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Poem by John Payne
The Foredawn Hour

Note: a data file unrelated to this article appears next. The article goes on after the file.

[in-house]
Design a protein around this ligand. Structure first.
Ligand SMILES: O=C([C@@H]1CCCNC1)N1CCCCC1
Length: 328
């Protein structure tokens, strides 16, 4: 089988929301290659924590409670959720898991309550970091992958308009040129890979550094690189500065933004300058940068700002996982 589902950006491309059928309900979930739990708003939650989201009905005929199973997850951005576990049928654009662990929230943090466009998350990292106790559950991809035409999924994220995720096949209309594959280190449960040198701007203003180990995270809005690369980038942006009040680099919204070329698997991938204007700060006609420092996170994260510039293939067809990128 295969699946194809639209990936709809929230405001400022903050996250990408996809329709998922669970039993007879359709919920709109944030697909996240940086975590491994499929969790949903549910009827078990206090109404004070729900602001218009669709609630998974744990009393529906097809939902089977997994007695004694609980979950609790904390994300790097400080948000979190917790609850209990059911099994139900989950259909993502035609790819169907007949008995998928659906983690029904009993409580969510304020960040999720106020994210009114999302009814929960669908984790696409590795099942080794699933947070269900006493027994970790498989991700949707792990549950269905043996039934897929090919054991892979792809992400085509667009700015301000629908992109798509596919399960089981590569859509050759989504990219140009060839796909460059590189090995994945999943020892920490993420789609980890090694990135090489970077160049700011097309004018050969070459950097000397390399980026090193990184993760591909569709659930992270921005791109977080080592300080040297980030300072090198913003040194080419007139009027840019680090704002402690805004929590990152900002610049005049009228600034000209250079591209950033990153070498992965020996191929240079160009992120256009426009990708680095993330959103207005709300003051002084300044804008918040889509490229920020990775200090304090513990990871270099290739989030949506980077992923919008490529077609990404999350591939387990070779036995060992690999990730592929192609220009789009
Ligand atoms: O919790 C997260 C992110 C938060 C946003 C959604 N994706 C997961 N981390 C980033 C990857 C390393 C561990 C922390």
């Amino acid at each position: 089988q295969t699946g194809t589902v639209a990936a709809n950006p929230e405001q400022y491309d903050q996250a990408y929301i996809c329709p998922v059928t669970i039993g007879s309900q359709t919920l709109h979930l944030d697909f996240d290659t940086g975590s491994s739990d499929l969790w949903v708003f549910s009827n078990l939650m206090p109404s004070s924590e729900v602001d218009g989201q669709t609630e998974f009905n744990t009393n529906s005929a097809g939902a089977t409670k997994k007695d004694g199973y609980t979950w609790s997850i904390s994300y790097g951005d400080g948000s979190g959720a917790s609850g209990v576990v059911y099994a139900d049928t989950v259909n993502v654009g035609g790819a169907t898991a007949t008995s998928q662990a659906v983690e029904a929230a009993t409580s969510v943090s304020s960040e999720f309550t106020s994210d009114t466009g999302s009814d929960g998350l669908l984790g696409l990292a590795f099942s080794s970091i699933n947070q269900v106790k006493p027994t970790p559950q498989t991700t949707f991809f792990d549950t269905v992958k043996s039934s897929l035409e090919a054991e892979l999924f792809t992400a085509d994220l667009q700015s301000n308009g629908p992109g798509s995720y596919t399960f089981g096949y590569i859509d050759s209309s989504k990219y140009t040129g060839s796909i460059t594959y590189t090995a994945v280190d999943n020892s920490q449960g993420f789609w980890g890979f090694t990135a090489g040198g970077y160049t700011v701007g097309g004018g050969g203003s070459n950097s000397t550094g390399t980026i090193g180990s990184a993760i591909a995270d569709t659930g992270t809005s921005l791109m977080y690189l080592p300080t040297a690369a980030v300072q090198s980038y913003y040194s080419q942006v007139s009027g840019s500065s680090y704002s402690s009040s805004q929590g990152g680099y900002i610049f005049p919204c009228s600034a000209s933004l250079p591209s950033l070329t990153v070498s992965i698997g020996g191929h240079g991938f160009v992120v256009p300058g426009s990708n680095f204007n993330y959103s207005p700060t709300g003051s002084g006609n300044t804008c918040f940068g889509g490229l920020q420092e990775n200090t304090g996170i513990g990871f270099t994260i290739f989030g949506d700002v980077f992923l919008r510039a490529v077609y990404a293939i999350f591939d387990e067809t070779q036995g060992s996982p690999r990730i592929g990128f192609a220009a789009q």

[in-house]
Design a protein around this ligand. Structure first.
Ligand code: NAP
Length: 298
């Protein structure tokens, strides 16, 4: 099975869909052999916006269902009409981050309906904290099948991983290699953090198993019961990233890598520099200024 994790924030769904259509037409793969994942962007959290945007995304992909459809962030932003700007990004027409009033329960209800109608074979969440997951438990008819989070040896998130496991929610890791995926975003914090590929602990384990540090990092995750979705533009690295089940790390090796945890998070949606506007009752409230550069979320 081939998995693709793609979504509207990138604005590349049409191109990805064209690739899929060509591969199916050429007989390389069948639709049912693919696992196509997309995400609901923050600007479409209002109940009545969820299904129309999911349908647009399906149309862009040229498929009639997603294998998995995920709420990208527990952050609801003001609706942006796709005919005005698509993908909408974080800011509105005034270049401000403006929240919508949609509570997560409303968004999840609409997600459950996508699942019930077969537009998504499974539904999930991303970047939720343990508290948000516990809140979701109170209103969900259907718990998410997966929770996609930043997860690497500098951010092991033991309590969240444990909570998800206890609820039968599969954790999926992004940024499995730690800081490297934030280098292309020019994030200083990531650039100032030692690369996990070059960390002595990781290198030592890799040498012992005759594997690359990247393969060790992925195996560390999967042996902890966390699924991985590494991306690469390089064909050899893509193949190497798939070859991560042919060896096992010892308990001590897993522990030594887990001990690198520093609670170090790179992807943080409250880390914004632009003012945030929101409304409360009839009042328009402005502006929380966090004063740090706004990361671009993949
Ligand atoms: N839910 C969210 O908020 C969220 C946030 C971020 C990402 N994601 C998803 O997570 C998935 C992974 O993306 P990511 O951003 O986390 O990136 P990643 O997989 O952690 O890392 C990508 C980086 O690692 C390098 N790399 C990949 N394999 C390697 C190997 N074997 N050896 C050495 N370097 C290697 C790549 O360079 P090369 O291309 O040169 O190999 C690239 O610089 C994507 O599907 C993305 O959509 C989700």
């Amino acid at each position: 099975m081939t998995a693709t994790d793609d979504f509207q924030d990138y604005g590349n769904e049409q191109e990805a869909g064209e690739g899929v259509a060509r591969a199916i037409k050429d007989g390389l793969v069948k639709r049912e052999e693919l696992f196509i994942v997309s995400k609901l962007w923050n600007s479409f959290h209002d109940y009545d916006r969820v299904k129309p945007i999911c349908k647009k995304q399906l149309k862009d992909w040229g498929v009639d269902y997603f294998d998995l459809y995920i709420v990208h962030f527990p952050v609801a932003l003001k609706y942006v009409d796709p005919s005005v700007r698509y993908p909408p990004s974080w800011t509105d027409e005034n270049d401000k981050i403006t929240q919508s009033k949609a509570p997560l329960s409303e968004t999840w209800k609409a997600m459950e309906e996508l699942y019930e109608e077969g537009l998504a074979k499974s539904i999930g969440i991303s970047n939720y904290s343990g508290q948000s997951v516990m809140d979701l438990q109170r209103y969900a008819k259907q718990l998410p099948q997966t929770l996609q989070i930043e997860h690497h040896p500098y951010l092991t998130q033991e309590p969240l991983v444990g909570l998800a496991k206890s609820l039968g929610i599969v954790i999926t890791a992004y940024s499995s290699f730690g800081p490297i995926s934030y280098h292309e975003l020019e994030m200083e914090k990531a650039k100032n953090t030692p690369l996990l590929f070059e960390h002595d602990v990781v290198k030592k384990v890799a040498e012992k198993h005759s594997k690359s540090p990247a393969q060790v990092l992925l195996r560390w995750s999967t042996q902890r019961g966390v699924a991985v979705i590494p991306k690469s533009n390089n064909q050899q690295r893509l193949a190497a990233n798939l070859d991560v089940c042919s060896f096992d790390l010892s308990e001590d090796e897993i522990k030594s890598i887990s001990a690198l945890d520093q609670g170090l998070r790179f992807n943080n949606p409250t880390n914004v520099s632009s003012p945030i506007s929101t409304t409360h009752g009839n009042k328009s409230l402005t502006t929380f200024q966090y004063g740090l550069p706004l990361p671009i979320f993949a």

I BETWEEN the night-end and the break of day An hour there is that from the thither shore Of the dark river its enchantments frore* [intensely cold] And fearful borrows, when each churchyard clay Breathes out its chills, when life unto a stay Seems come and pauses, shuddering, at Death's door, That stands ajar; of all the twenty-four Sternest and most of horror and affray*. [alarm; fright] Here, for arraignment, all its sour and sweet, Its crimes, its wrongs, its errors, its tears shed, (For sorrows here for sins imputed are) The piteous Past unto Thought's judgment-bar Brings up; and here, where night and morning meet, The sea of memory gives up its dead. II Here, all alone, the soul before the ark (That ark, whereto there is no mercy-seat) Of conscience stands and to the iron beat Of time, that all the wasted years doth mark And all the days in vain bygone, must hark, Mourning for done and undone, deeds unmeet And words ill-spoken; whilst, with faltering feet, The night slopes dawnward through the shallowing dark. Set, awful hour, when, in the grave-cold air, The moments fall like ages, when Life's breath Halts and the world lies blank and stark and bare Before Thought's eyes, when love and life and light For ever sunken seem in seas of night And the soul pauses in the ports of Death. III Who to this dread diurnal judgment-hour, This everyday rehearsal-time of death, When life stands still and cold is Nature's breath, When all our sins bygone like mountains tower Before the thought and with its salving power, Afar the blessed daylight tarrieth-- Who is't can look with hope and cheer and faith? Who but before its cold approach must cower? Then for a God, with blind hand, round about Casting, to succour it and finding none, The soul into the darkness crieth out For some twin soul, to share its hope and doubt, And meeting but the void, till night be done, Longeth and trembleth for the assaining* sun. [blessing; healing] IV Oft, in this darkling hour of doubt and dread, The Past, with all its ghosts, revisits me, Its wraiths of hope and joy and ecstacy: I feel the windy presence of the dead Stir in my hair and hear their spirit-tread, As dry leaves falling, nothing though I see: Again for my sad sense they live and be And stir and rustle round my bed. Oh spirits of my dead, that may not rest, But needs must harbour where you loved of yore, Still, by the fetters of the grave opprest, Seeking to burst the bonds of nothingness, How shall I do to ease you of your stress? How shall I win to look on you once more?
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